The Tree of Life (PG-13, 138 min.) Many moviegoers will reject this film's glacial pacing, its whispery voiceovers, its lengthy cosmic detour to the birth of the universe (the ultimate flashback!), its religious -- even Christian -- implications. But sympathetic viewers will find themselves stirred, moved and spellbound by a frequently confounding, arguably overreaching project that just might be a great work of art: a film that aspires to be as mysterious and powerful -- and as attuned to the miraculous -- as the Episcopal service attended by its central family, or the baby's birth that functions as its core event. The bulk of this fifth feature film in almost 40 years from writer-director Terrence Malick consists of an extraordinarily convincing and intimate if dreamlike portrait of a family in a leafy postwar Waco, Texas. The stern father (Brad Pitt) seems to represent "the way of nature"; the forgiving mother (Jessica Chastain) offers "the way of grace"; while the often angry pre-adolescent son (Hunter McCracken, a remarkable newcomer -- represented as an adult by Sean Penn) is torn between violence and empathy. From its backyard realism to its lengthy detours deep into both outer space (the "astrophysical realm," according to the end credits) and the primordial stew (the "microbial realm"), this is the rare film that asks the moviegoer to be a participant -- a collaborator -- in its meaning, rather than merely a spectator. The camera frequently follows the characters so closely that it becomes a ghostly companion; in essence, our point of view becomes that of an attendant spirit, eavesdropping as the characters ask such terrifying questions as, "Lord, why -- where are you?" and: "Who are we to you?"

Ridgeway Four.

Water for Elephants (PG-13, 121 min.) Reese Witherspoon.

Bartlett 10.

X-Men: First Class (PG-13, 132 min.) Say it loud, I'm mutant and I'm proud: As perhaps befits the early 1960s setting, this origin story from director Matthew Vaughn ("Kick-Ass") de-emphasizes the coming-out motif of the previous X-Men films to embed a racial metaphor (blue-skinned Mystique, played by Jennifer Lawrence, learns to accept her dark complexion and un-straight hair) within its Marvel Comics superheroics, "alternate history" science-fiction (the X-Men are part of the Cuban Missile Crisis) and James Bond-esque Cold War international intrigue (Kevin Bacon is Sebastian Shaw, a sort of mutant Blofeld; his companion is January Jones, whose signature hardness and coldness are put to good use -- she's Emma Frost, who can transform herself into living diamond). James McAvoy is the young Charles Xavier (not yet paralyzed or bald); cool Michael Fassbender is the Holocaust survivor who will become the antagonistic master of metal, Magneto. The supporting mutants -- the blue-furred Beast, the winged Angel Salvadore, the chest-beam-blasting Havok -- are goofy enough that their battles suggest Toho monster rallies, especially when Banshee (Caleb Landry Jones) blows sonic energy rings, like the baby dinosaur in "Son of Godzilla."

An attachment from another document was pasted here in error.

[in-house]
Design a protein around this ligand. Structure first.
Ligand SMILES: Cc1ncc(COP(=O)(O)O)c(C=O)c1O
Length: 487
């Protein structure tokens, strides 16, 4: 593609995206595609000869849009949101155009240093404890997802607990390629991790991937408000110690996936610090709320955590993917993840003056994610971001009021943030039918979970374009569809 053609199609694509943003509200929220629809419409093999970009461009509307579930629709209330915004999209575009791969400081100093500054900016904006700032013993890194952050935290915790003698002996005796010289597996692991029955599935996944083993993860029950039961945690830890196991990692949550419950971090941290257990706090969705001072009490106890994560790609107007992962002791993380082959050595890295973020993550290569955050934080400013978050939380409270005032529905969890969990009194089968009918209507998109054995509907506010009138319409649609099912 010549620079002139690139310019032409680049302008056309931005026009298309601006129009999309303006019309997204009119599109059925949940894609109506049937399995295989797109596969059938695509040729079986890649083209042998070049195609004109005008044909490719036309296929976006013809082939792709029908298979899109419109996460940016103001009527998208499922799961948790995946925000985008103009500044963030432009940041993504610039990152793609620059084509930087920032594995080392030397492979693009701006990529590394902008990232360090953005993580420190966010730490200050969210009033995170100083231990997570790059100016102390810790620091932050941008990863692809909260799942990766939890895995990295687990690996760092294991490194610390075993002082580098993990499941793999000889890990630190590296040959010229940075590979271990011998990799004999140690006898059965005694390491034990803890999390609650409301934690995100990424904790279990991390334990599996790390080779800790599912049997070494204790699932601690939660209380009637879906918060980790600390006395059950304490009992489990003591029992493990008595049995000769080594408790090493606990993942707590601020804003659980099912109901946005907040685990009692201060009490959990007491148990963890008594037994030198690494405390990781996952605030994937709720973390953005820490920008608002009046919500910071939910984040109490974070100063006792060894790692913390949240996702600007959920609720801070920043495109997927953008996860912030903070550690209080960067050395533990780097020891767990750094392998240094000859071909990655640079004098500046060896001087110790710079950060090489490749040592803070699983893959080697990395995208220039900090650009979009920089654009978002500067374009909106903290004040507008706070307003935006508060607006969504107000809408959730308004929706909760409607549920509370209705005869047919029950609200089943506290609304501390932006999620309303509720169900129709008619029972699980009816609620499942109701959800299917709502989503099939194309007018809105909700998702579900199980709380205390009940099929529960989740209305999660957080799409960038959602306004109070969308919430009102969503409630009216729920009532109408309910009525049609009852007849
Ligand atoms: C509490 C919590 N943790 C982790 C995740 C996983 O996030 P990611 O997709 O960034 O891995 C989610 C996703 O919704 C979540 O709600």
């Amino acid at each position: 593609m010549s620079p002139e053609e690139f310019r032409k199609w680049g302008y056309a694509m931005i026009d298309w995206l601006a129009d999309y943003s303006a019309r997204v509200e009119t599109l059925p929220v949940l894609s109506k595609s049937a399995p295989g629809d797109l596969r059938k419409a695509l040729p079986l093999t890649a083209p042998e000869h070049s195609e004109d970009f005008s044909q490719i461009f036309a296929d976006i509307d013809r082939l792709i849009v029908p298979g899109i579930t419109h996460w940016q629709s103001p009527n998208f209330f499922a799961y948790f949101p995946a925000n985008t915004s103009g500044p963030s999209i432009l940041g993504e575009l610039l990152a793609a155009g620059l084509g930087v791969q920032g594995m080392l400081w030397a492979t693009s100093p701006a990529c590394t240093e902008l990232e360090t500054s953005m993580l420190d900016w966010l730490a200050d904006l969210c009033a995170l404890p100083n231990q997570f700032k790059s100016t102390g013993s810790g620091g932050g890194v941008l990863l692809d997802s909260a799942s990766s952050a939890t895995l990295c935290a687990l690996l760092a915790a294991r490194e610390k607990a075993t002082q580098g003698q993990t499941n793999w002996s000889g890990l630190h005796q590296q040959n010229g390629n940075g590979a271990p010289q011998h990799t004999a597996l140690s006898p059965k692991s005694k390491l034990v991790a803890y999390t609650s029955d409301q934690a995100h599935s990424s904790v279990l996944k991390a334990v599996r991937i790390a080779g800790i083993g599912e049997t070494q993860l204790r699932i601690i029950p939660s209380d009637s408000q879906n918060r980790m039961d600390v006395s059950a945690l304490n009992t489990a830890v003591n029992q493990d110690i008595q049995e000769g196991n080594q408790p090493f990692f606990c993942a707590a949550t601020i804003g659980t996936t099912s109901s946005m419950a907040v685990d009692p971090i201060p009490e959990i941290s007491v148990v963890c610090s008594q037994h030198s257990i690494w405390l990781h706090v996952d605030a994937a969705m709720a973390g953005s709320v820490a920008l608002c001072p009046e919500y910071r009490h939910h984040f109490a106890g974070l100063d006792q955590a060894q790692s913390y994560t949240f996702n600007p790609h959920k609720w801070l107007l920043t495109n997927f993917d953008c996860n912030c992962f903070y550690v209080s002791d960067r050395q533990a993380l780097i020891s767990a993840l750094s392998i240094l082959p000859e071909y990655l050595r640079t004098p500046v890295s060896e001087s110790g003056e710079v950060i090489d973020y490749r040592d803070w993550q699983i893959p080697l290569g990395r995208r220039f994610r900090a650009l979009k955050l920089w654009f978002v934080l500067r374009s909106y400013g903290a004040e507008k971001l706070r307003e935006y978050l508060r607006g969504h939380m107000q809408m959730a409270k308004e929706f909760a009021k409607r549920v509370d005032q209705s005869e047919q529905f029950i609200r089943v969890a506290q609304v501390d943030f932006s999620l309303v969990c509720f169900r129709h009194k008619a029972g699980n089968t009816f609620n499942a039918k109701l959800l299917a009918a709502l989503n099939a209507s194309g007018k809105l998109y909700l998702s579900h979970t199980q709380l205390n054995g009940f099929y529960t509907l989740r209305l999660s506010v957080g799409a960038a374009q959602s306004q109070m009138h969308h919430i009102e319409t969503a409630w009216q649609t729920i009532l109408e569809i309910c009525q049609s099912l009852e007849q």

CinePlanet 16, Collierville Towne 16, Cordova Cinema, DeSoto Cinema 16, Hollywood 20 Cinema, Majestic, Palace Cinema, Paradiso, Summer Quartet Drive-In, Wolfchase Galleria Cinema 8.

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Comments » 1

jcbosch#683430 writes:

Conservatives will find "Bad Teacher" funnier than liberals like Beifuss. It's because Diaz is so immune to guilt. Liberals just drink up guilt. It's not as good as bridesmaids, no, but pretty funny. And he's wrong about the "Amy Squirrel" character. Nobody roots for her. Unlike "bad teacher," Amy tries to destroy her rival and only because she's jealous.